top of page
Search

Why Your Ex Can’t Let Go: Eight Crucial Warning Signs

The issues that need to be resolved before ending a relationship with someone.





Most relationships do not end in mutual or congenial agreement. If one partner wants out before the other is ready, there is likely to be uneven grieving and predictably difficult issues to resolve.


It is most common for me to see the rejected partner, seeking to overcome their anguishing loss. They often do not know why the relationship ended the way it did. Confused and deeply wounded, they can only ease their distress by continuing to push for a resolution. Until those needs are met, they cannot let go.


I also see the partners of these aching or angry exes, who are enduring the seemingly endless tirade of what they feel is undeserved harassment. They cannot understand why their ex-partner can’t just move on and leave them alone. What did they do to deserve this?


What could they have done differently?

Their answers to the following questions may help them not only take accountability for their part but also help them understand why the person they left is having a hard time moving on.


1. Was your partner overly dependent?

Partners exhibiting extreme dependence on the other are often suppliant, over-agreeable, and non-challenging. Those behaviors may be initially attractive to someone who doesn’t like hassle, but overwhelming as time goes on. The continuous need for reassurance becomes burdensome.


Perhaps you promised something you could not deliver?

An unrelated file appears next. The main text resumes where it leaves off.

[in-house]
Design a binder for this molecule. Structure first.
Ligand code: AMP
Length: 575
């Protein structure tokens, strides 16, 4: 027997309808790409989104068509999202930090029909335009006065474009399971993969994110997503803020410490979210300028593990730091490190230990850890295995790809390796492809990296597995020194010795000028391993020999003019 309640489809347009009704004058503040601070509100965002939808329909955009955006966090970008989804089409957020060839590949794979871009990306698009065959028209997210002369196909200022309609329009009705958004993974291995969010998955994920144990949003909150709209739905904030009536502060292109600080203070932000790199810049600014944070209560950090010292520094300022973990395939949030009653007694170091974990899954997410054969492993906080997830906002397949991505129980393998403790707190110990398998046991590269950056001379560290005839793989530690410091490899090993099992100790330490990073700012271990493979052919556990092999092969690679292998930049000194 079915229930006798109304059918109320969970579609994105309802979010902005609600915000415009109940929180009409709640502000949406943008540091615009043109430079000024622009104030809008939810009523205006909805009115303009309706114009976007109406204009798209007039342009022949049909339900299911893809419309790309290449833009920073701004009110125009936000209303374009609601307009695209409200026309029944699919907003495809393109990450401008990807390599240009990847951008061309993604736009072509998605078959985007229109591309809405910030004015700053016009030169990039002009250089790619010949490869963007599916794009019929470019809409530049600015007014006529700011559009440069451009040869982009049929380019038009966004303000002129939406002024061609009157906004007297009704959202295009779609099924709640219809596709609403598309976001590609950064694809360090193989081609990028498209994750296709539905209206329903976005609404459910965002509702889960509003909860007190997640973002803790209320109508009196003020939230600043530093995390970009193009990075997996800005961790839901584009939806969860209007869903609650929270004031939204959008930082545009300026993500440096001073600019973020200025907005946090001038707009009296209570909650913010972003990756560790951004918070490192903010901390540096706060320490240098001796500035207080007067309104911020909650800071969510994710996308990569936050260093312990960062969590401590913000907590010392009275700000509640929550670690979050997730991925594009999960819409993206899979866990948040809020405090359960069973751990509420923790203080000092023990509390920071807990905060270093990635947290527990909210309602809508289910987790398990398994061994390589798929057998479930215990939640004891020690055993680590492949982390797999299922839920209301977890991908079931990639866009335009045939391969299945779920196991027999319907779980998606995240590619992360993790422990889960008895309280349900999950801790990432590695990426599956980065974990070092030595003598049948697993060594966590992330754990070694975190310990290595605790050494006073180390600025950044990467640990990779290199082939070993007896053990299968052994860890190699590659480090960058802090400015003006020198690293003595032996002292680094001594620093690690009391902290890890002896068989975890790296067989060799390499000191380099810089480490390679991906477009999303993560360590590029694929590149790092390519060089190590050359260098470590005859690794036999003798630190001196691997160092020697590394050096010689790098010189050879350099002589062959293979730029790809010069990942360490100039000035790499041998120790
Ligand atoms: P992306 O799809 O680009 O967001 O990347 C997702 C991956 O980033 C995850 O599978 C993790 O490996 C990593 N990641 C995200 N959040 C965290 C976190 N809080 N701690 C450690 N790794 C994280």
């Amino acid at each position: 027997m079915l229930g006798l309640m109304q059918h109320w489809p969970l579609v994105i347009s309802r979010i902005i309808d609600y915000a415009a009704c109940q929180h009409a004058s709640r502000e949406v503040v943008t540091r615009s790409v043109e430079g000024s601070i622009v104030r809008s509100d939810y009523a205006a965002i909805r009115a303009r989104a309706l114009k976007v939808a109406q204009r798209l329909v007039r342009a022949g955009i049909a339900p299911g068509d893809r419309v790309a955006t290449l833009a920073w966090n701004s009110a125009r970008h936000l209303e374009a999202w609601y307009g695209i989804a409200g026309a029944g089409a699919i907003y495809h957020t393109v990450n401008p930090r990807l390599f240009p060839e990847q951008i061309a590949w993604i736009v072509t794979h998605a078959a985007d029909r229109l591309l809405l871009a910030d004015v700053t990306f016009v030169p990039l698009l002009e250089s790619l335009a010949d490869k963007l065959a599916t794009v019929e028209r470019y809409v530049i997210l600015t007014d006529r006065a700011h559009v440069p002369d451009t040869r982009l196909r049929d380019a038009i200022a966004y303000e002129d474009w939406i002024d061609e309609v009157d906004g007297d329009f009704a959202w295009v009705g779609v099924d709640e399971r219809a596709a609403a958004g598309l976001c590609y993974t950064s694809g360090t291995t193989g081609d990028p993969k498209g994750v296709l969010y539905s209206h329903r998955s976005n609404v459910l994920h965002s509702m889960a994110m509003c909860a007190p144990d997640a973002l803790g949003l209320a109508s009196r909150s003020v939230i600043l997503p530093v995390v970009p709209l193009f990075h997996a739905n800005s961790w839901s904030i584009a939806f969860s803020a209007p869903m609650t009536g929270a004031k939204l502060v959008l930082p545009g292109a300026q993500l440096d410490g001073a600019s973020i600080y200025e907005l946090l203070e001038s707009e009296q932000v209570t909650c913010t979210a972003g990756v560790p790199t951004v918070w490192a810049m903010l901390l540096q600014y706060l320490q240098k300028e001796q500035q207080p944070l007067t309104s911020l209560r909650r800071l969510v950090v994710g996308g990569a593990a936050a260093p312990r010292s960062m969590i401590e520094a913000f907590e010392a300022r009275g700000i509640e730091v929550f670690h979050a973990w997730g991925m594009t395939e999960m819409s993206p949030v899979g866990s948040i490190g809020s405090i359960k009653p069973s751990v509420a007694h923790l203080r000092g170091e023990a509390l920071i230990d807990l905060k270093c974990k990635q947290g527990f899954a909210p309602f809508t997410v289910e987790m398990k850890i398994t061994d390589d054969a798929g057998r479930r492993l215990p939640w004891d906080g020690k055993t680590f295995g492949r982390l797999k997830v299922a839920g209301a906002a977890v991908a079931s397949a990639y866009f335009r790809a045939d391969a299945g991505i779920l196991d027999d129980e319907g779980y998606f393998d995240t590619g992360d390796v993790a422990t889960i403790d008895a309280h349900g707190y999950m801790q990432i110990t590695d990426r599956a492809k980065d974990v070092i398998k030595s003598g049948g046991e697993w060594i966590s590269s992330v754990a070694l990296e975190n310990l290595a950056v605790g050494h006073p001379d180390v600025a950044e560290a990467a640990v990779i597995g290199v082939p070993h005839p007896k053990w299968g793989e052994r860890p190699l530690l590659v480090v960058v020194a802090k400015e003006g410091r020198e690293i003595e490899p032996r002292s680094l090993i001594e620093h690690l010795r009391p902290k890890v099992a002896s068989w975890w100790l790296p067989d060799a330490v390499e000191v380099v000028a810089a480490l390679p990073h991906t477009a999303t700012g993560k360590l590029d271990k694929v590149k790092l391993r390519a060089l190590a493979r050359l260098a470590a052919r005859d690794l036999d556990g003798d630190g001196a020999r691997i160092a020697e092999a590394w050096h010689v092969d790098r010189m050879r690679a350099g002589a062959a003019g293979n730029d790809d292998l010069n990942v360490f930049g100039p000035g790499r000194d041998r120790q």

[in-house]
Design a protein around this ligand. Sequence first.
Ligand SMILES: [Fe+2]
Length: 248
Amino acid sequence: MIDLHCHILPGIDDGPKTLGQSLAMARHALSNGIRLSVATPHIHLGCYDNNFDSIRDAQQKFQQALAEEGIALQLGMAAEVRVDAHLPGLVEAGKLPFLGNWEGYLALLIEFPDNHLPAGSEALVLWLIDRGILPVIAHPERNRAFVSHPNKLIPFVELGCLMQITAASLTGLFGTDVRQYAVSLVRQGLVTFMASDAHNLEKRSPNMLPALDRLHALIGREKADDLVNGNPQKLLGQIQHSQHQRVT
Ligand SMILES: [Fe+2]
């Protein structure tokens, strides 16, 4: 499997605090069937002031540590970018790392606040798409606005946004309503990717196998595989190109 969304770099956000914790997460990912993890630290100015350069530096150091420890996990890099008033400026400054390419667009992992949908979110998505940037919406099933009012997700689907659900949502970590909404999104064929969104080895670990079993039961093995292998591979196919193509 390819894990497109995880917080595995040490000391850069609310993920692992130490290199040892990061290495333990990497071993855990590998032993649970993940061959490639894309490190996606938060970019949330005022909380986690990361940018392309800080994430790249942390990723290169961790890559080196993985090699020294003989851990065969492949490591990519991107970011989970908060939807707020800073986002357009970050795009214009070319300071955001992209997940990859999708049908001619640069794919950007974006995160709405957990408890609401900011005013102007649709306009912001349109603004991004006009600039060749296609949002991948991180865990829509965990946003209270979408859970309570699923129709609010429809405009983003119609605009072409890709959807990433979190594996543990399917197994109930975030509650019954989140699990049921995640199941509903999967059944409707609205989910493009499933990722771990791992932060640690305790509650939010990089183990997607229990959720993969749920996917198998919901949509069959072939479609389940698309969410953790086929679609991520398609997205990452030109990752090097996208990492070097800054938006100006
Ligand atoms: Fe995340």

2. Was the relationship their only focus?

Relationships cannot thrive without many mirrors that reflect their process. People need people, and relationships exist within a social circle that monitors their progress. If one partner lives only for their primary relationship—to the exclusion of friends, family, hobbies, self-care, or personal transformation—they tend to focus only on their committed relationship. If the other partner maintains outside interests, they will eventually become bored in that primary relationship.


Did you encourage that focus early on and then feel smothered by it?


3. Did your partner have a history of abuse, neglect, or abandonment?

People who have had painful past traumas often search for partners to rescue them and promise a relationship that will keep them safe forever. Though that may be alluring to someone who needs to feel like a knight in shining armor, it is not a set of behaviors that can last without reciprocity. Trauma is easily triggered by slight errors of reassurance that upend the established haven.


Did your partner think you would never hurt him or her by leaving?


4. Was this an agony-ecstasy relationship?

Many people live in extremely chaotic relationships that should be ended much sooner than they typically are because the good times are remarkable. Over time the relationship, despite its phenomenal moments, begins to cost too much for one of the partners. The partner left behind is often confused, humiliated, and rageful, believing the other would never quit.


Did your partner have any clue that you would?


5. Did your partner show signs of pathological jealousy?